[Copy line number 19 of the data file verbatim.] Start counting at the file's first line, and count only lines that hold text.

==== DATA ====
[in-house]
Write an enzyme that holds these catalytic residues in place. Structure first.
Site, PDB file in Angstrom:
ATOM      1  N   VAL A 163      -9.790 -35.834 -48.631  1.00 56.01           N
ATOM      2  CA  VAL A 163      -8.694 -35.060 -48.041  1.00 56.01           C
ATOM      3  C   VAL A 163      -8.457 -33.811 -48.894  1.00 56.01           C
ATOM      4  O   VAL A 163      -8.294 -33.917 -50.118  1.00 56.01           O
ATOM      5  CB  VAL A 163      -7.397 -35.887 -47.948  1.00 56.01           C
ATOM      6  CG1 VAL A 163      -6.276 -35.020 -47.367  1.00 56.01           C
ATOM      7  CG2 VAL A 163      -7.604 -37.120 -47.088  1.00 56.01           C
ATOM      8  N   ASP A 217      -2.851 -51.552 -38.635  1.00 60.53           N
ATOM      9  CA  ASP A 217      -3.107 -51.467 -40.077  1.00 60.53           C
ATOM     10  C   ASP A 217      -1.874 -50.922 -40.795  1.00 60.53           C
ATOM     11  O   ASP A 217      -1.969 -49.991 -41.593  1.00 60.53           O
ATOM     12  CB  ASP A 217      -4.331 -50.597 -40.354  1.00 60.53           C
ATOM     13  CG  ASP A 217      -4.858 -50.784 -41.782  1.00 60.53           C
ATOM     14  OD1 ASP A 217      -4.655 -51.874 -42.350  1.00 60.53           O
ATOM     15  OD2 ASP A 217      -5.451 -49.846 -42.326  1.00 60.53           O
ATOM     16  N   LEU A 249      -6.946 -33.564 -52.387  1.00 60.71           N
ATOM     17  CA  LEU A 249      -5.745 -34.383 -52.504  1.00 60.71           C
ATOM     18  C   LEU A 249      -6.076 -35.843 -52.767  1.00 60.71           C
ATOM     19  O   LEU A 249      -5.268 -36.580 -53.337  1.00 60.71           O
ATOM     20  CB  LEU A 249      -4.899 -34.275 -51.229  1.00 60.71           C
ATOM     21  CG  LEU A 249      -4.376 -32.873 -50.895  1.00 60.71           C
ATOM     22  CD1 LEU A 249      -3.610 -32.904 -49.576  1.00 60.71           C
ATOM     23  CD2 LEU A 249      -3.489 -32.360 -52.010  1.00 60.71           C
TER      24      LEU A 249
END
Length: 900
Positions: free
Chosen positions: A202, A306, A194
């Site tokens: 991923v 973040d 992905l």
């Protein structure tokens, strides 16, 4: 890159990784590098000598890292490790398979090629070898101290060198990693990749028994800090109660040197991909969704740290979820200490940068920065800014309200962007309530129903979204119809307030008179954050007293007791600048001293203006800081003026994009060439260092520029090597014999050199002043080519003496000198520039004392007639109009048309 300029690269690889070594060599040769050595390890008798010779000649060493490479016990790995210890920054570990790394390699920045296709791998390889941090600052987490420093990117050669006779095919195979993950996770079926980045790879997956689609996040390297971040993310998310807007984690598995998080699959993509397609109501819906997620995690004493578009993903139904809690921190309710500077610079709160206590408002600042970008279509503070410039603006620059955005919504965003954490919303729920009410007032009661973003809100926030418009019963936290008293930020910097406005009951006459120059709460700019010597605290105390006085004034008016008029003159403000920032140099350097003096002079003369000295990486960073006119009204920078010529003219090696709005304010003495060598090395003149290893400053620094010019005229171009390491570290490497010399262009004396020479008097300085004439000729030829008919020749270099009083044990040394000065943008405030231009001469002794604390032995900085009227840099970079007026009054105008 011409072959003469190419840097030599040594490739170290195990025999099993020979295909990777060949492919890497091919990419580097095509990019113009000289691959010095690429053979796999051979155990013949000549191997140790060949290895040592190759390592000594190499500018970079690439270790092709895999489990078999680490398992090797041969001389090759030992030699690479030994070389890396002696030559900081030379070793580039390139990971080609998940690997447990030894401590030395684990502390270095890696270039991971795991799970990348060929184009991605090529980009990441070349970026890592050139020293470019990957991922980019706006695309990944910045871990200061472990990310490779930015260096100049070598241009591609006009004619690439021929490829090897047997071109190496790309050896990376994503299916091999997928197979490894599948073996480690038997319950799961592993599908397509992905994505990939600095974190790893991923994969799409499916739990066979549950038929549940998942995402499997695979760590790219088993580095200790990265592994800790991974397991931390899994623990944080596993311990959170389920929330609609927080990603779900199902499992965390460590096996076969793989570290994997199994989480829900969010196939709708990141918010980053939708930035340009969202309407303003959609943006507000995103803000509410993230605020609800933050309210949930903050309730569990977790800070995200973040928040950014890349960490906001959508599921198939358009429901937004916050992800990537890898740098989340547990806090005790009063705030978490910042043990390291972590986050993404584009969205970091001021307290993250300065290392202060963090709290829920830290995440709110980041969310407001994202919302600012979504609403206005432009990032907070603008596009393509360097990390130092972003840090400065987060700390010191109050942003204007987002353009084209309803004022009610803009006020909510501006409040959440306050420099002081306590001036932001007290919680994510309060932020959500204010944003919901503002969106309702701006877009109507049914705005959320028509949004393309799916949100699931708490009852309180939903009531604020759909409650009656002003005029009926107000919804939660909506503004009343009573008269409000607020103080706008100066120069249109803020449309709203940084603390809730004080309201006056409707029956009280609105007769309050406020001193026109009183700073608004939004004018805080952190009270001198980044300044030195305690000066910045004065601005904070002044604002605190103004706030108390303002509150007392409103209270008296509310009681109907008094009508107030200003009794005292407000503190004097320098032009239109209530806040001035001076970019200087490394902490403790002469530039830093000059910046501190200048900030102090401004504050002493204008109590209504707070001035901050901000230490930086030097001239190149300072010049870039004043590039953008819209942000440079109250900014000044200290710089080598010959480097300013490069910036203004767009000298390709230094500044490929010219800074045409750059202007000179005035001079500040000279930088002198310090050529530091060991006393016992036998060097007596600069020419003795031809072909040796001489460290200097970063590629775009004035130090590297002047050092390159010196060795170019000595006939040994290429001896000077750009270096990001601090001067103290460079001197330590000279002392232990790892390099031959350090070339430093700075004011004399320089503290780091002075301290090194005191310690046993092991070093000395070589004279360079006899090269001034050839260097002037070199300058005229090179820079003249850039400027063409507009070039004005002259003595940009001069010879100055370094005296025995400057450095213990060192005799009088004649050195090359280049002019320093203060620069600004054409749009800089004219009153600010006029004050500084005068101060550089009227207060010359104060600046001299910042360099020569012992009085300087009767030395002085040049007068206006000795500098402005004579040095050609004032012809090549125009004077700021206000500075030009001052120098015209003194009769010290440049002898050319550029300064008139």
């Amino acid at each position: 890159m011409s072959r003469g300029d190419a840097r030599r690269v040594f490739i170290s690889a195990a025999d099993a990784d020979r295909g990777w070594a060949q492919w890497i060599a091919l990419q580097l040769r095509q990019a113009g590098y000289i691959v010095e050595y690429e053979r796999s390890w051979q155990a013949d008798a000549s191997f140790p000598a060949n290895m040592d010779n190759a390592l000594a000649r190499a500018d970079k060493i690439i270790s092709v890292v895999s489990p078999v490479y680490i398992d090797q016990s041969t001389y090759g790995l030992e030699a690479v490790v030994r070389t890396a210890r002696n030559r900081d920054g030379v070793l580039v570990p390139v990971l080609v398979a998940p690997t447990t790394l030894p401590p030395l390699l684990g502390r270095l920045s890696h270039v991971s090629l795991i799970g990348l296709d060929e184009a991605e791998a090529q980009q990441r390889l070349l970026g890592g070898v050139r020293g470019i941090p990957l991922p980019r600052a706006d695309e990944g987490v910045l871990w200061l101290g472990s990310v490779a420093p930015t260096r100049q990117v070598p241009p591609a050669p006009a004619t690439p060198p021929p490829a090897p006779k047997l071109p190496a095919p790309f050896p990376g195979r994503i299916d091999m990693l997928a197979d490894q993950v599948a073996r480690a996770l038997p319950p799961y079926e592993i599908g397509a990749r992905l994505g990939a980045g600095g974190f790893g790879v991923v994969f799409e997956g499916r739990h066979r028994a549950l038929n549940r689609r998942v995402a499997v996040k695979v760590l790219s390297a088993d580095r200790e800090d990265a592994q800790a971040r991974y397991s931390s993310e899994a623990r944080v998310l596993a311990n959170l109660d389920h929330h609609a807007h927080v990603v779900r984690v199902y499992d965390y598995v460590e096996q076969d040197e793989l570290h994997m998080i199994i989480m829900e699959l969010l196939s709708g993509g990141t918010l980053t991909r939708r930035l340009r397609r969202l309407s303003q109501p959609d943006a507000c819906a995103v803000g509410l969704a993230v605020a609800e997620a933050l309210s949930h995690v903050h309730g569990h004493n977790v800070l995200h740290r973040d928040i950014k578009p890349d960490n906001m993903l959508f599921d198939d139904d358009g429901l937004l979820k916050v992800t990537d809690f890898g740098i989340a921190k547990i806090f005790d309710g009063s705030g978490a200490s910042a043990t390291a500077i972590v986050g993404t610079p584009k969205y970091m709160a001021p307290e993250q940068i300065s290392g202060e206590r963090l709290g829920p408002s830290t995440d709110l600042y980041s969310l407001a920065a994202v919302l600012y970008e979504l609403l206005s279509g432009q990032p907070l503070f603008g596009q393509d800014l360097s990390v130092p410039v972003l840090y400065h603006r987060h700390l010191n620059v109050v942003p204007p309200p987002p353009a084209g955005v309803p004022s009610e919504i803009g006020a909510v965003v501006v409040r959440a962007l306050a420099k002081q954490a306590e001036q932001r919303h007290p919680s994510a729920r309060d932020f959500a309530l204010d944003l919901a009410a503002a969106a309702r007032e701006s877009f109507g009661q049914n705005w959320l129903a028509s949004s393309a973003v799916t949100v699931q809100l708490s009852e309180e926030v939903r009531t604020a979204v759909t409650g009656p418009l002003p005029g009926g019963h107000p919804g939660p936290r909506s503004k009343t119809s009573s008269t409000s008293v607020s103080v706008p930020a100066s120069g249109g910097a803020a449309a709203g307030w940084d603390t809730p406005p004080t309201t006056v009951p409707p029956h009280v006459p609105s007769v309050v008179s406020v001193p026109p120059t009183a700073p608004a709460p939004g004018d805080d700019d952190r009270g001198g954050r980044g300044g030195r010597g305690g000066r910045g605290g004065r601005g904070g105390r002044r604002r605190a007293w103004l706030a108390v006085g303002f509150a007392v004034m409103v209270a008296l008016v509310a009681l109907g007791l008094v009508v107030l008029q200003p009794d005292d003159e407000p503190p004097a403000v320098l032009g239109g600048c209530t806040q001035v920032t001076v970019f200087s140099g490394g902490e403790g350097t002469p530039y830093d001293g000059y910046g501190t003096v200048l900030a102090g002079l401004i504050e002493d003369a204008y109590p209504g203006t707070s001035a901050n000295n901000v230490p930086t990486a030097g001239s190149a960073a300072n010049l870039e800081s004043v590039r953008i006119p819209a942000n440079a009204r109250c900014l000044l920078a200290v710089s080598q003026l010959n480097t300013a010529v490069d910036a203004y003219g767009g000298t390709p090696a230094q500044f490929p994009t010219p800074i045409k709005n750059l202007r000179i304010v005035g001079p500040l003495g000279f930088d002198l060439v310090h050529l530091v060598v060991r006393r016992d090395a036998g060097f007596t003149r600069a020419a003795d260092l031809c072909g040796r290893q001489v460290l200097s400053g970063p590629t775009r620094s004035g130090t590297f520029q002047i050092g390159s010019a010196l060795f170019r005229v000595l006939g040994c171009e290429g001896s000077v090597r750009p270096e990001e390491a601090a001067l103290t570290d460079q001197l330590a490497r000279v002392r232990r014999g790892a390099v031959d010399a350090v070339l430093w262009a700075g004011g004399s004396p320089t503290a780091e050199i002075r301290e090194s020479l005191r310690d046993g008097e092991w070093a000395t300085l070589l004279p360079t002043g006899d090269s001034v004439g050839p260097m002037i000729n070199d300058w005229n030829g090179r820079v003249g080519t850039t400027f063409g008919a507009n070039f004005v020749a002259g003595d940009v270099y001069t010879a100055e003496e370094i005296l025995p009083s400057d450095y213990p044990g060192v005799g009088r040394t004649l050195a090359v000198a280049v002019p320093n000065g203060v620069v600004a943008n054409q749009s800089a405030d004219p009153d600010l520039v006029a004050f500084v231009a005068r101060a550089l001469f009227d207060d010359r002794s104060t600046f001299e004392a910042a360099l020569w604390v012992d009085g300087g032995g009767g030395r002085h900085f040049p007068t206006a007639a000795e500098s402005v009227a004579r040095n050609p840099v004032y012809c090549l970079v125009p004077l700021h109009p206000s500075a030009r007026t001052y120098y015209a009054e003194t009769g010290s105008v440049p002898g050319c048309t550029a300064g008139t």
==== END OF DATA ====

ATOM     16  N   LEU A 249      -6.946 -33.564 -52.387  1.00 60.71           N